According to ITRC, hacking incidents reached a nine-year high of 37.9 percent in 2015—an increase of 8.4 percent over the previous year. Despite this dramatic rise, the majority of data breaches can be prevented by following a few basic security measures. The following are the top 10 ways to prevent sensitive data from being accessed by unauthorized individuals.
9. Restrict download links in email.
Any web links embedded in emails that seem suspicious are usually malicious—in fact, the majority of advanced persistent threats start with malware launched via email. Be vigilant about web links in emails, as they can trigger malware for exploiting vulnerabilities and compromising your security.
8. Use good encryption.
Encryption keeps personal data secure by encoding data so that only authorized users can access and view it, whether it’s sitting on a local computer or in the cloud/data center. From using SSL/TLS for secure web browsing to implementing local OS drive encryption like Apple FileVault and Windows BitLocker, proper use of encryption ensures that your data is useless in the hands of cyber attackers
7. Use Two-Factor authentication for online accounts.
Also known as two-step verification or multi-factor authentication(MFA), this new model for security adds an extra layer of protection that requires not only a username and password, but something physically accessible only to authorized users ( e.g, a code sent to a mobile phone, a physical authentication token).
6. Perform frequent software and operating system updates.
It may go without saying, but updates to firewalls/antivirus solutions, web browsers, , and underlying operating systems should be installed as soon as they become available. 9 out of 10 data breaches occur because of unpatched software; for this reason, regular patching and updates is critical for maintaining strong security against new exploits, viruses, and malware.
5. Perform regular network scans.
Network scanning is a procedure for identifying active hosts on a network It reveals all shared resources, including system and hidden NetBIOS nodes, FTP,and web services, among others. Scanning should be part of regular system audits for identifying and mitigating rogue software, viruses or malicious code.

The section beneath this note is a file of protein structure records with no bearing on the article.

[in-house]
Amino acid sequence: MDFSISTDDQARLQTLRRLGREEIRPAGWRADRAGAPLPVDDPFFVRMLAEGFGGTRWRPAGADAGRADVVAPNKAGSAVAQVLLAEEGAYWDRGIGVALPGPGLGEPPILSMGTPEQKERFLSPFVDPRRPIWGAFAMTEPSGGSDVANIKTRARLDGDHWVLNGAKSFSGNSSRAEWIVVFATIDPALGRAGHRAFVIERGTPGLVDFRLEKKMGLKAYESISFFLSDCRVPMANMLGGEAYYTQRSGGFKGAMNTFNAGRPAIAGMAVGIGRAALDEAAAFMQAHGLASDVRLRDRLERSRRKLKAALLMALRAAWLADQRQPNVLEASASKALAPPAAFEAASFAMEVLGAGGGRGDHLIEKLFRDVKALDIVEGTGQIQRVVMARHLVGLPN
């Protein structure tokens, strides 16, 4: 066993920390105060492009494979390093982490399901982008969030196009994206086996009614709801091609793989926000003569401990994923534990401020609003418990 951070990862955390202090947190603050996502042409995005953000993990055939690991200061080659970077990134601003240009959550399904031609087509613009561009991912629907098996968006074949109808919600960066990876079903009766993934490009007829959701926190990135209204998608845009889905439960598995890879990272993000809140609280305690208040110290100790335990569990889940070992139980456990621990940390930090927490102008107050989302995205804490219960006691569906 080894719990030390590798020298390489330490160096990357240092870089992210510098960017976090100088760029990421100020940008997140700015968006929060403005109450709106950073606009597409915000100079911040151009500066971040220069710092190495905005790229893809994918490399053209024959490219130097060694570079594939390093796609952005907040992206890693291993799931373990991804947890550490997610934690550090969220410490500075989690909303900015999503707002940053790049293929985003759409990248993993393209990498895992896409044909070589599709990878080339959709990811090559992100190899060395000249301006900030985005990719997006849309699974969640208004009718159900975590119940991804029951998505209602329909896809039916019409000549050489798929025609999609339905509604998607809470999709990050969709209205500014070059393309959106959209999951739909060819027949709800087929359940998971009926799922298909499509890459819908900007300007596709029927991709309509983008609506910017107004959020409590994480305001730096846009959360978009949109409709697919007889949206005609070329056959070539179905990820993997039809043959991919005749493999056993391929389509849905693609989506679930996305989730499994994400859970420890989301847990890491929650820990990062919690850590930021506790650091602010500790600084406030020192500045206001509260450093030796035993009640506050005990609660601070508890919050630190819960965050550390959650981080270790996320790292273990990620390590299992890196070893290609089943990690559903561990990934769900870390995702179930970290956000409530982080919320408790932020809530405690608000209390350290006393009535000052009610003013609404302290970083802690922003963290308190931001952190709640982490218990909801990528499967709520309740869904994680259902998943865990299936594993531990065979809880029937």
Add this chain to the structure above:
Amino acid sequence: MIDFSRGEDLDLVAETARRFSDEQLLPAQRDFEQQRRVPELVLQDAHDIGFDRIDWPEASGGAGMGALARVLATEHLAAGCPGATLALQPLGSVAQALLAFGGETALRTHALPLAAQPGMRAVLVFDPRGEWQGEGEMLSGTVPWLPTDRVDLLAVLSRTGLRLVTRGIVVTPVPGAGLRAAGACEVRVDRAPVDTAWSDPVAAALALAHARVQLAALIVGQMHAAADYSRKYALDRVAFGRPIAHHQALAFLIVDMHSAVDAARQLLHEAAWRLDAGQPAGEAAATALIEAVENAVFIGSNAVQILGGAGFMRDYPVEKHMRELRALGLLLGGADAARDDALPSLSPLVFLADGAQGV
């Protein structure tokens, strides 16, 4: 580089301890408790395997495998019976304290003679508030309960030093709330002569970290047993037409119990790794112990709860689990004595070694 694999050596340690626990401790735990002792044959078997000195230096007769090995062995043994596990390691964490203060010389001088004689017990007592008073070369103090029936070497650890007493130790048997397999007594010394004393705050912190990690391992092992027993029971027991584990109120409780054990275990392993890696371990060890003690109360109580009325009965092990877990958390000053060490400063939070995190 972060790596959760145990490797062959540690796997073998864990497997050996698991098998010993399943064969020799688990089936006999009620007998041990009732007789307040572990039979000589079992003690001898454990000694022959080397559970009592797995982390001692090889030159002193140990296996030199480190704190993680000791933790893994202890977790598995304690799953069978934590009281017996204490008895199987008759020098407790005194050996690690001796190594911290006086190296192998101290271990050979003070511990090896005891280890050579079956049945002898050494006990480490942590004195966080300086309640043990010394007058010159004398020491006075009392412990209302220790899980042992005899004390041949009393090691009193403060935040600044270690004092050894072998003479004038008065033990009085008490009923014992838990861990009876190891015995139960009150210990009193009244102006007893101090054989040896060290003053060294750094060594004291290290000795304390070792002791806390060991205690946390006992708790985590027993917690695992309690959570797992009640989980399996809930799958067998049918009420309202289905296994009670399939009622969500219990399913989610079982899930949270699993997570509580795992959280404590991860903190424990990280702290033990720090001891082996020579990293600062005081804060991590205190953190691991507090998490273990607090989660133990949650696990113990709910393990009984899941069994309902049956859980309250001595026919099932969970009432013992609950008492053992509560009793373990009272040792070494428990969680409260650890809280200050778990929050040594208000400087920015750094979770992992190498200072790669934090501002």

4. Check security logs on an ongoing basis.
Security logs contain user activity such as login/logouts, accessing of secured resources, and other events specified by the system’s audit policy. Logfiles contain many pieces of valuable information that can be crucial for identifying intrusion attempts, misconfigured IT assets, and more.
3. Handle sensitive data appropriately.
Following safe computing practices when handling sensitive data will reduce your chances of falling victim to cyber crime. For example, minimize the locations where sensitive data is retained and destroy data responsibly when no longer needed. Hard drives and storage devices should be removed from old computers prior to disposal and stored for safekeeping.
2. Educate and train users on safer computing habits.
Empower users in your organization to develop more secure computing habits. This can most easily be accomplished by codifying secure practices and guidelines in a written policy for employees and clients. Providing a reference document for users helps eliminate an ambiguity in policies (e.g., what is considered sensitive data, what defines “public” wifi).
1. Verify that 3rd parties have strong security controls in place.
3rd parties such as partners that require access to your data or network should be validated and regularly audited to ensure their own data security practices meet your minimum requirements. Target’s high profile data breach was the result of a compromise originating in a partner’s network—an oversight that ultimately cost the retailer $252 million.